Social Stratification

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Contents
1. Social stratification
2. Characteristics of social stratification
3. Origins of social stratification
4. Social stratification in Bangladesh
5. Religious stratification In Bangladesh
6. Caste systems among Hindus
7. Caste systems among Muslims

All societies arrange their members in terms of superiority, inferiority and equality. The vertical scale of evaluation, this placing of people in strata, or layers is called stratification. Social stratification is a natural and voluntary separation according to race, religion, social and economic status. In sociology, social stratification is the hierarchical arrangement of social classes, castes and strata within a society. Anthony Giddens has defined social stratification as “the existence of structured inequalities between groups in society, in terms of their access to material or symbolic rewards”. According to F.R. Khan, “Social stratification is the division of society into groups or categories linked with each other by the relationship of superiority and subordination.” According to Peter Saunders, in modern Western societies, stratification depends on social and economic classes consisting of three main layers: Upper class, Middle class and Lower class. Each class is further broken into smaller classes relating to profession. Again, according to Karl Marx, in capitalist society, stratification depended on two layers: 1. Bourgeois or Capitalist class

2. Proletariat or lower class.

Characteristics of stratification:

1. It is social.
2. It is universal.
3. It is diverse in form
4. It is ancient
5. It is consequential

Origins of social stratification:
There are two main theories concerning the origin of social stratification: 1. conflict theory
2. functionalist theory

Social stratification in Bangladesh

It has its roots in the past. Society in Bangladesh in the 1980s was not rigidly stratified; rather it was open, fluid and diffused, without a cohesive social organization and social structure. Social class distinctions were mostly functional. Although the dynamics of religion largely shaped the context of the development of social stratification in Bangladesh, the relevance of economic, political, cultural, urban and rural, gender issues is no less significant. This paper mainly focuses on the religious stratification in Bangladesh.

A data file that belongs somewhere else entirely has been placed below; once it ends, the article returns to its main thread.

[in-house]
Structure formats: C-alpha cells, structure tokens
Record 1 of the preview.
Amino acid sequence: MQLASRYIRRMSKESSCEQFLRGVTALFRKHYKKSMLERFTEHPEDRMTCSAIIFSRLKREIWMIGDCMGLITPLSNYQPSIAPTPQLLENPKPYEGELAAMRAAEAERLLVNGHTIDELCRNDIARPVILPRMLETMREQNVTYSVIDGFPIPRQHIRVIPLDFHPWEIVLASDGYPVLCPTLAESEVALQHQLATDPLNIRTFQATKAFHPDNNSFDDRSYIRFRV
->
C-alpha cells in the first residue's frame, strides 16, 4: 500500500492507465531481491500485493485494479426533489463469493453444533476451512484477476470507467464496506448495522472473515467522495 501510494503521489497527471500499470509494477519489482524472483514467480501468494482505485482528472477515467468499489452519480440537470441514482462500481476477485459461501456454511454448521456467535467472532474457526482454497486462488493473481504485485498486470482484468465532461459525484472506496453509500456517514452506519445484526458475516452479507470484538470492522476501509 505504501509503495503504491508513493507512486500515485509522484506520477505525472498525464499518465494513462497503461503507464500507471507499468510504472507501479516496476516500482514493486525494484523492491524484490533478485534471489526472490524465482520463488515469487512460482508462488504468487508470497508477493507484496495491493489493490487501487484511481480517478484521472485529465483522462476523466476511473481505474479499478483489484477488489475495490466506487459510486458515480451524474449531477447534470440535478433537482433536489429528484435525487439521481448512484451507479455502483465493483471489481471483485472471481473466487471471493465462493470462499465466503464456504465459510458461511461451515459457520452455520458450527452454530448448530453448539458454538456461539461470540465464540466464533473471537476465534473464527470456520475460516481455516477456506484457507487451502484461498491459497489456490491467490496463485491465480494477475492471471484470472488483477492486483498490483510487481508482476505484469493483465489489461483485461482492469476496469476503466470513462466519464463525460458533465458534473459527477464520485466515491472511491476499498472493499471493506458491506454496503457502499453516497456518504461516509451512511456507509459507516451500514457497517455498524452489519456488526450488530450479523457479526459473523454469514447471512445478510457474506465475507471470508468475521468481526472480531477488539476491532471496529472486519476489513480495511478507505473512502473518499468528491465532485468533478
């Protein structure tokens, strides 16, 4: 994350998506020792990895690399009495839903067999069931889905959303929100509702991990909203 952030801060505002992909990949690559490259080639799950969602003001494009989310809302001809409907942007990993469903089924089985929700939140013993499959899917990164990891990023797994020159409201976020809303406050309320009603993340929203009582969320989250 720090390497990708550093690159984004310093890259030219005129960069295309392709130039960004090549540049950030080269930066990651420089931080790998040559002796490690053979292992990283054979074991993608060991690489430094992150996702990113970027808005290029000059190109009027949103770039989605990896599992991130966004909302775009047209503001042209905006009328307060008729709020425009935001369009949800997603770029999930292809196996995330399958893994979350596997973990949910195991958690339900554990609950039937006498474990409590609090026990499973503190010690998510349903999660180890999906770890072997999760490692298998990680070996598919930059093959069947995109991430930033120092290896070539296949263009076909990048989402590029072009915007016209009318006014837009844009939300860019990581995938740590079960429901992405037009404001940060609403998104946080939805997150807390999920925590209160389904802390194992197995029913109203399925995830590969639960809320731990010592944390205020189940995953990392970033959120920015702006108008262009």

Religious stratification in Bangladesh
Religious Stratification is the division of a society into hierarchical layers on the premise of religious beliefs, affiliation, or faith practices. According to Kingsley Davis and Wilbert E. Moore in their article Some Principles of Stratification, “The reason why religion is necessary is apparently to be found in the fact that human society achieves its unity primarily through the possession by its members of certain ultimate values and ends in common.” Furthermore, Davis and Moore contend that it is “the role of religious belief and ritual to supply and reinforce this appearance of reality” that these “certain ultimate values” have. This is one possible explanation for why religion is one of the underlying factors which links various forms of inequality into a chain of stratification. Nearly 83 percent of the population of Bangladesh claimed Islam as its religion in the 1980s, giving the country one of the largest concentrations of Muslims in the world. Some British colonial administrators first pointed out that the Muslim social stratification was patterned after the Hindu caste system. Sources indicate that the castes among Muslims developed as the result of close contact with Hindu culture and Hindu converts to Islam. When Hindus converted to Islam, they often did not adhere completely to Islamic principles, retaining many Hindu practices with them. One of these Hindu characteristics was the caste. Still social hierarchy among Muslims of Bengal was less pronounced. Some believed that the majority of the...
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